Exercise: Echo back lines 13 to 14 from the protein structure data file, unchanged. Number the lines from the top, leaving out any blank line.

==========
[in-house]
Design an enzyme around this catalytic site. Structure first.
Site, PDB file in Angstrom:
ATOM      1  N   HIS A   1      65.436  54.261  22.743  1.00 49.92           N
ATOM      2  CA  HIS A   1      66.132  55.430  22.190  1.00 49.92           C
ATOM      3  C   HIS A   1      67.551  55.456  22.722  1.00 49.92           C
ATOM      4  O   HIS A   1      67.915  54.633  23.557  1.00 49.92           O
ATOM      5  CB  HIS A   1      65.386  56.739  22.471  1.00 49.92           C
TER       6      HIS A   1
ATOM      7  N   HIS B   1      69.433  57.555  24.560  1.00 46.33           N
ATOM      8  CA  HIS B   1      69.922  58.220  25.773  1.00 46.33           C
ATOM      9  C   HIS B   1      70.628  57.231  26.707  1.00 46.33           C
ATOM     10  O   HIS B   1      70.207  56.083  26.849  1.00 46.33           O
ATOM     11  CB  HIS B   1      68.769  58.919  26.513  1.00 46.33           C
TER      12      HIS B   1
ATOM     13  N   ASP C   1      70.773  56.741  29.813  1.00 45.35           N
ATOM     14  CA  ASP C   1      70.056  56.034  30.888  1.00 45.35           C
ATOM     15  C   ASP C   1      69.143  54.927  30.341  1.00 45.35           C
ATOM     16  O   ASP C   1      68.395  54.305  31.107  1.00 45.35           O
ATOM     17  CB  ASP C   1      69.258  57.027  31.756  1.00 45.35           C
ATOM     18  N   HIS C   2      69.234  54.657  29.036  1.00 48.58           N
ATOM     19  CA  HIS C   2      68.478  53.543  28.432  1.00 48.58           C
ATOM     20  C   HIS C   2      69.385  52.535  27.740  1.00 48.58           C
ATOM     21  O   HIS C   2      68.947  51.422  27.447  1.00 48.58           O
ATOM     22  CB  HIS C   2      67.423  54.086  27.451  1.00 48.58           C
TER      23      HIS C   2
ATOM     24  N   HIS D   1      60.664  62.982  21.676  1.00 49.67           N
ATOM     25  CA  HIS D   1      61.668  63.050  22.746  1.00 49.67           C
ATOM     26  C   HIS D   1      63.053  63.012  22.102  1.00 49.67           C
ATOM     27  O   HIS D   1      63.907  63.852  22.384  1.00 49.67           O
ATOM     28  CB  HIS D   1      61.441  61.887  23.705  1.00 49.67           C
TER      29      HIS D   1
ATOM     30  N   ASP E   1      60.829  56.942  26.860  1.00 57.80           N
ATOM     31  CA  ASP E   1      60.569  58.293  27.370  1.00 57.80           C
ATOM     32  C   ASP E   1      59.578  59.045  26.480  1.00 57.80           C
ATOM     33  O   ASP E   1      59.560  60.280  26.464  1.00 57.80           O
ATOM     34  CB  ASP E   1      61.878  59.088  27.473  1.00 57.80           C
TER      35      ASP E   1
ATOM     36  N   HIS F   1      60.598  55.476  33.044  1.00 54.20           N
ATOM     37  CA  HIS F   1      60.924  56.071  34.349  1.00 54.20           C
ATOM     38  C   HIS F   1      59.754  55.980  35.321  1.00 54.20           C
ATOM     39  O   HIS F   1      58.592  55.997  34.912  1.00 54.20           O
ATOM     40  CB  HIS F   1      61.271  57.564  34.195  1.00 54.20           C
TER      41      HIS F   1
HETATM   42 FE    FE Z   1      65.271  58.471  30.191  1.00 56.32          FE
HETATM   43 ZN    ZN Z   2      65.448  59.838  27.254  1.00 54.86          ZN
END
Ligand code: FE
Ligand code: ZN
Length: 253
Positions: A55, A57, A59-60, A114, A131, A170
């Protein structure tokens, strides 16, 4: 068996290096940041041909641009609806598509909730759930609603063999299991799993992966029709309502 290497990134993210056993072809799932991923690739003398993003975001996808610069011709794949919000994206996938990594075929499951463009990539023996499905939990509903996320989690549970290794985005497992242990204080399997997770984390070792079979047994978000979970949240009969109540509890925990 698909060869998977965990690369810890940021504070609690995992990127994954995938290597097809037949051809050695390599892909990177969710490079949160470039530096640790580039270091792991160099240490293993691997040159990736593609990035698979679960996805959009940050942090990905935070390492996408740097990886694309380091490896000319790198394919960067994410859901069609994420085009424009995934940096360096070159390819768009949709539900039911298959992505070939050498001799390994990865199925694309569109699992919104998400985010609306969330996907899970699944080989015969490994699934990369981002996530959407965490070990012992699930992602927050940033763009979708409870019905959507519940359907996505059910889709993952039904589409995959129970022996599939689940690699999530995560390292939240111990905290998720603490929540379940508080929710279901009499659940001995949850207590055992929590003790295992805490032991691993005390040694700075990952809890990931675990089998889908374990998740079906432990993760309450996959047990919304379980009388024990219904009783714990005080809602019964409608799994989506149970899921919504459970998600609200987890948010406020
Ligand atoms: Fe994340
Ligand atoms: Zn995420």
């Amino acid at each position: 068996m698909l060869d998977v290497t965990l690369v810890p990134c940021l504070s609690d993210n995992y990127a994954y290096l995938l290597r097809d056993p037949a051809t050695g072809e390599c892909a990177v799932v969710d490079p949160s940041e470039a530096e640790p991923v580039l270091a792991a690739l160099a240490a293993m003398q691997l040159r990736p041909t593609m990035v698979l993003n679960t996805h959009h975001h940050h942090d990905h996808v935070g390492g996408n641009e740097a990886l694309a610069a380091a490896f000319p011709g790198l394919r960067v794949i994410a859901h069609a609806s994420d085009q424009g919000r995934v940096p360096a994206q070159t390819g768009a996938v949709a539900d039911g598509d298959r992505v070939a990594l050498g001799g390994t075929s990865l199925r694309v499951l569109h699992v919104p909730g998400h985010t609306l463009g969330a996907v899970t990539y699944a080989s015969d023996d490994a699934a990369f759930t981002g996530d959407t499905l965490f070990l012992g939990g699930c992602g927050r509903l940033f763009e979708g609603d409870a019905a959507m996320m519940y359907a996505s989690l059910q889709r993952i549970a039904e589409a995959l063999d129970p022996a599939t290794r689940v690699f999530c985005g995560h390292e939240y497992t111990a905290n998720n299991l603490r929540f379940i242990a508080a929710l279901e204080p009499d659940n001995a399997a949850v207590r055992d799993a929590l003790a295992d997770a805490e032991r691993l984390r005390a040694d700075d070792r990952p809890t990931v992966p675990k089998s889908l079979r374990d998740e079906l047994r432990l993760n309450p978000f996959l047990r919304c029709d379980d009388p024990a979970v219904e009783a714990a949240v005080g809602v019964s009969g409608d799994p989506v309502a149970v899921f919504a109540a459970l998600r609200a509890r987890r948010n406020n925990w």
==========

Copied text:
ATOM     10  O   HIS B   1      70.207  56.083  26.849  1.00 46.33           O
ATOM     11  CB  HIS B   1      68.769  58.919  26.513  1.00 46.33           C